Stockton could have used a RescueStreamer

Water Ways
Honolulu Star Bulletin 08/03/02)
By Ray Pendleton

I hope everyone in Hawaii who goes offshore --whether to fish, sail or paddle -- has read about John Stockton, who was rescued last week after being lost at sea for nearly five days.

Then I hope everyone gives some very serious thought about where Stockton went wrong and how they might have done things differently.

After all, it's from experiences like Stockton's that the rest of us can learn lessons without actually enduring the hardships ourselves.

To begin with, there's the geographic realities of the islands.

Strung as they are, from northwest to southeast, but with a prevailing wind from the northeast, it should surprise no one that a boat adrift off our lee shores is in for a long voyage without landfall.

Yet Stockton -- aboard his new 17-foot sailing kayak -- set out Friday morning near the Kona airport, bound for North Kohala, unescorted and without any emergency signaling devises.

According to news reports, he first capsized Saturday afternoon, just a quarter mile offshore.

"It was just real big swells, 10- to 15-foot swells, wind just howling," Stockton related to the press. "I capsized the boat maybe 30 times the first two days."

On Sunday, before its batteries gave out, he used his cellular phone to contact the fire department and the Coast Guard.

Nevertheless, by Tuesday --the day of his rescue -- Stockton had drifted some 80 miles downwind from the Big Island.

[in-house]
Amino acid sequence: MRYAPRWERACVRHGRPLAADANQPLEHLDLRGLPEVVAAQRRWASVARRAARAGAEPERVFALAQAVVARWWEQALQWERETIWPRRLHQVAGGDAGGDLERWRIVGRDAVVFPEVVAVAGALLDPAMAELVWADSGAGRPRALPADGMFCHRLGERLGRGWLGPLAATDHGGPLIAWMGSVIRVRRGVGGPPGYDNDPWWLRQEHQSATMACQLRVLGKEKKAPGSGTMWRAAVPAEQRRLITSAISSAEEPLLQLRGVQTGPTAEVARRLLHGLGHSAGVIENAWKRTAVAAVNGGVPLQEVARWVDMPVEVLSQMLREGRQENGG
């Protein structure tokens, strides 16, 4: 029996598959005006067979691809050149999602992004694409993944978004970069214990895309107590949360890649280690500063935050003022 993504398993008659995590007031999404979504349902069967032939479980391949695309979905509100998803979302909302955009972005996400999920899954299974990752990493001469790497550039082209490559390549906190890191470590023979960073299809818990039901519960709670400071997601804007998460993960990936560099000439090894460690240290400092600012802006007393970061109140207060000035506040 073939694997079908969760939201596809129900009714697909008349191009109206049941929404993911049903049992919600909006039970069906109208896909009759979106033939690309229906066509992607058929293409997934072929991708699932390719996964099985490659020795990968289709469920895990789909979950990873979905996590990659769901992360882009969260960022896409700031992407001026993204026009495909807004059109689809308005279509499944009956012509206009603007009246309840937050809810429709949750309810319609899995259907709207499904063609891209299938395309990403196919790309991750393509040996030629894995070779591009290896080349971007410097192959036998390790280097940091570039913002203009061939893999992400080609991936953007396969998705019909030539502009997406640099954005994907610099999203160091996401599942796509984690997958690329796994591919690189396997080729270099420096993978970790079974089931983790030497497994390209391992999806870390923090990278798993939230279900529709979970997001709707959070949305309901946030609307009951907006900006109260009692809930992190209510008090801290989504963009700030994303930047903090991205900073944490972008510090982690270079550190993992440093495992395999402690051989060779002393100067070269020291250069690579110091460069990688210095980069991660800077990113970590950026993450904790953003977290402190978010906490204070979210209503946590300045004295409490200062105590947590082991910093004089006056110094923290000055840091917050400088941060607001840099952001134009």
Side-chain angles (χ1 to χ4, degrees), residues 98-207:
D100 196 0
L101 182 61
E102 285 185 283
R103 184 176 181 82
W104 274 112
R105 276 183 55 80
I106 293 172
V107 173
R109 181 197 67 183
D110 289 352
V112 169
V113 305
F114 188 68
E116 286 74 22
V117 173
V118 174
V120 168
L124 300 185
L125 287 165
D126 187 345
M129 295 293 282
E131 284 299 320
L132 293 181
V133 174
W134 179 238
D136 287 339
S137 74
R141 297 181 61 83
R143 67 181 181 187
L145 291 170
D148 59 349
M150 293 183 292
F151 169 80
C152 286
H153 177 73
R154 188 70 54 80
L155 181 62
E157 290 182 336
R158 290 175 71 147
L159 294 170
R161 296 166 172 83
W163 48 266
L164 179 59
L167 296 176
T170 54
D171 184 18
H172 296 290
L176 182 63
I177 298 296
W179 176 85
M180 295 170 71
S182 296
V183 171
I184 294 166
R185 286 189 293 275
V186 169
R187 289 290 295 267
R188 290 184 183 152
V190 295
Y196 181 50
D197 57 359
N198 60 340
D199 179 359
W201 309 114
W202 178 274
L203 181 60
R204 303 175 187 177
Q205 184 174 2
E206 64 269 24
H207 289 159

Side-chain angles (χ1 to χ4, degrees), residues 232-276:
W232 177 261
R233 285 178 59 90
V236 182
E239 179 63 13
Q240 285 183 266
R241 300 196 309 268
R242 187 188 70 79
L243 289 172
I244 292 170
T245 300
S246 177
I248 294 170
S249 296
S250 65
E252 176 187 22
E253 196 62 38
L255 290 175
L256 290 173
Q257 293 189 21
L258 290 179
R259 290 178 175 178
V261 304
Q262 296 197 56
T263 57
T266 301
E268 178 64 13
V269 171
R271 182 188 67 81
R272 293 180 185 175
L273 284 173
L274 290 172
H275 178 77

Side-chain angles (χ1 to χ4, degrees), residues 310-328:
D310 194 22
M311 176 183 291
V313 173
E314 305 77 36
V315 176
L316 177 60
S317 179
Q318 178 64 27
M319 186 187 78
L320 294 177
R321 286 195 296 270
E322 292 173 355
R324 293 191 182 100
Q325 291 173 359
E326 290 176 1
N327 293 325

A Navy aircraft that had been a part of the search spotted him waving his yellow jacket "out in the middle of nowhere."

"He was so extremely lucky that he was spotted," a Coast Guard spokeswoman said.

How much sooner Stockton might have been found had he had a better attention-getter is just conjecture.

But I'd bet my Enron stock that a simple device developed locally called a RescueStreamer would have caught a searcher's eye a day earlier. And that could have meant the difference between life and death.

The RescueStreamer is really more than one product, but the simplest and most convenient type is a roll of plastic about the size of a small flashlight that is carried in a web holster.

When emergency attention is needed, a bright orange, 6-inch-wide streamer can be unfurled to a length of 25 feet, where it will float indefinitely on the surface of the water.

It also works on land and in snow, meaning it is useful in nearly every dangerous situation.

Unlike smoke flares or dye markers, the streamer never dissipates, and unlike radios and cellphones, it doesn't require batteries.

The RescueStreamer technology has been thoroughly tested by the U.S. military and has been approved for procurement and use by all branches.

Those tests have shown that the streamer is quite visible from over a mile away, at an altitude of 1,500 feet.

Best yet, it is reasonably priced at about $25 (how much is your life worth?) and it's available via the Internet at, or by phone at (808) 483-3255.

As for me, I can't imagine taking my one-man Naia offshore without it and the canoe is bright orange to begin with.

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